MQTT - Piezo Speaker Bricklet

This is the description of the MQTT API bindings for the Piezo Speaker Bricklet. General information and technical specifications for the Piezo Speaker Bricklet are summarized in its hardware description.

An installation guide for the MQTT API bindings is part of their general description.

Examples

The example code below is Public Domain (CC0 1.0).

Beep

Download (example-beep.txt)

1
2
3
4
5
# Change XYZ to the UID of your Piezo Speaker Bricklet

setup:
    # Make 2 second beep with a frequency of 1kHz
    publish '{"duration": 2000, "frequency": 1000}' to tinkerforge/request/piezo_speaker_bricklet/XYZ/beep 

Morse Code

Download (example-morse-code.txt)

1
2
3
4
5
# Change XYZ to the UID of your Piezo Speaker Bricklet

setup:
    # Morse SOS with a frequency of 2kHz
    publish '{"morse": "... --- ...", "frequency": 2000}' to tinkerforge/request/piezo_speaker_bricklet/XYZ/morse_code 

API

All published payloads to and from the MQTT bindings are in JSON format.

If an error occures, the bindings publish a JSON object containing the error message as attribute "_ERROR". It is published on the corresponding response topic: .../response/... for .../request/... and .../callback/... for .../register/....

Basic Functions

request/piezo_speaker_bricklet/<UID>/beep
Request payload:
  • duration -- int (has symbols)
  • frequency -- int

Beeps with the given frequency for the duration in ms. For example: If you set a duration of 1000, with a frequency value of 2000 the piezo buzzer will beep for one second with a frequency of approximately 2 kHz.

Changed in version 2.0.2 (Plugin): A duration of 0 stops the current beep if any, the frequency parameter is ignored. A duration of 4294967295 results in an infinite beep.

The frequency parameter can be set between 585 and 7100.

The Piezo Speaker Bricklet can only approximate the frequency, it will play the best possible match by applying the calibration (see request/piezo_speaker_bricklet/<UID>/calibrate).

The following symbols are available for this function:

for duration:

  • "Off" = 0
  • "Infinite" = 4294967295
request/piezo_speaker_bricklet/<UID>/morse_code
Request payload:
  • morse -- string
  • frequency -- int

Sets morse code that will be played by the piezo buzzer. The morse code is given as a string consisting of "." (dot), "-" (minus) and " " (space) for dits, dahs and pauses. Every other character is ignored. The second parameter is the frequency (see request/piezo_speaker_bricklet/<UID>/beep).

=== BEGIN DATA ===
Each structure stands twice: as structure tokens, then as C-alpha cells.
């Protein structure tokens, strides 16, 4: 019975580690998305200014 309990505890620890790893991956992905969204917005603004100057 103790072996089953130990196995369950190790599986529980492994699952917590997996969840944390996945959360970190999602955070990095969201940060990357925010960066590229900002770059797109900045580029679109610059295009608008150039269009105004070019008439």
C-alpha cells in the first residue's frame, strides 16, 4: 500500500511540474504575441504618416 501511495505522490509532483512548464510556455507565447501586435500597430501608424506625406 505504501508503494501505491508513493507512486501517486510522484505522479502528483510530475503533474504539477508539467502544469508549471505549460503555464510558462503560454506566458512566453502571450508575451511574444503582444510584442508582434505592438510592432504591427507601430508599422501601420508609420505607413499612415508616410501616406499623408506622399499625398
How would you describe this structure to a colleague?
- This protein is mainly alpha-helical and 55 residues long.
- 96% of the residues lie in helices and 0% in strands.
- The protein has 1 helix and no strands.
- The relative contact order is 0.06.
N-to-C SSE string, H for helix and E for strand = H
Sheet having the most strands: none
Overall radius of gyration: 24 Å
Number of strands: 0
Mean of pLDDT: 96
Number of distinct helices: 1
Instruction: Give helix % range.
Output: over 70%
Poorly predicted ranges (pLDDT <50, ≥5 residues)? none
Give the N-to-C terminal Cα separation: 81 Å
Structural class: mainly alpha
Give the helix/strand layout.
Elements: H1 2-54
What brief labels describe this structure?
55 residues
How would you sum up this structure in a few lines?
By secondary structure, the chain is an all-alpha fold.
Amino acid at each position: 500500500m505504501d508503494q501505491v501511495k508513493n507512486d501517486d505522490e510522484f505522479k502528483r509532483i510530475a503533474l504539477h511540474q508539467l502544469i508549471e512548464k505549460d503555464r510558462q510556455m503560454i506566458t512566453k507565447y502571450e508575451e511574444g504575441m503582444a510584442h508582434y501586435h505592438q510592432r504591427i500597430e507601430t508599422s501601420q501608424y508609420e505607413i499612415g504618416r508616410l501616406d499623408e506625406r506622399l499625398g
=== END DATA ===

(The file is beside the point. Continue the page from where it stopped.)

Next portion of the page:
For example: If you set the string "...---...", the piezo buzzer will beep nine times with the durations "short short short long long long short short short".

The maximum string size is 60.

Advanced Functions

request/piezo_speaker_bricklet/<UID>/calibrate
Response payload:
  • calibration -- bool

The Piezo Speaker Bricklet can play 512 different tones. This function plays each tone and measures the exact frequency back. The result is a mapping between setting value and frequency. This mapping is stored in the EEPROM and loaded on startup.

The Bricklet should come calibrated, you only need to call this function (once) every time you reflash the Bricklet plugin.

Returns true after the calibration finishes.

request/piezo_speaker_bricklet/<UID>/get_identity
Response payload:
  • uid -- string
  • connected_uid -- string
  • position -- char
  • hardware_version -- [int,int,int]
  • firmware_version -- [int,int,int]
  • device_identifier -- int (has symbols)
  • _display_name -- string

Returns the UID, the UID where the Bricklet is connected to, the position, the hardware and firmware version as well as the device identifier.

The position can be 'a', 'b', 'c' or 'd'.

The device identifier numbers can be found here. If symbolic output is not disabled, the device identifier is mapped to the corresponding name in the format used in topics.

The display name contains the Piezo Speaker's name in a human readable form.

Callbacks

Callbacks can be registered to receive time critical or recurring data from the device. The registration is done with the corresponding .../register/... topic and an optional suffix. This suffix can be used to deregister the callback later.

Note

Using callbacks for recurring events is always preferred compared to using getters. It will use less USB bandwidth and the latency will be a lot better, since there is no round trip time.

register/piezo_speaker_bricklet/<UID>/beep_finished
Request payload:
  • register -- bool

A callback can be registered for this event by publishing to the .../register/piezo_speaker_bricklet/<UID>/beep_finished[/<SUFFIX>] topic with the payload "true". An added callback can be removed by publishing to the same topic with the payload "false". To support multiple (de)registrations, e.g. for message filtering, an optional suffix can be used.

If the callback is triggered, a message with it's payload is published under the corresponding .../callback/piezo_speaker_bricklet/<UID>/beep_finished[/<SUFFIX>] topic for each registered suffix.

This callback is triggered if a beep set by request/piezo_speaker_bricklet/<UID>/beep is finished

register/piezo_speaker_bricklet/<UID>/morse_code_finished
Request payload:
  • register -- bool

A callback can be registered for this event by publishing to the .../register/piezo_speaker_bricklet/<UID>/morse_code_finished[/<SUFFIX>] topic with the payload "true". An added callback can be removed by publishing to the same topic with the payload "false". To support multiple (de)registrations, e.g. for message filtering, an optional suffix can be used.

If the callback is triggered, a message with it's payload is published under the corresponding .../callback/piezo_speaker_bricklet/<UID>/morse_code_finished[/<SUFFIX>] topic for each registered suffix.

This callback is triggered if the playback of the morse code set by request/piezo_speaker_bricklet/<UID>/morse_code is finished.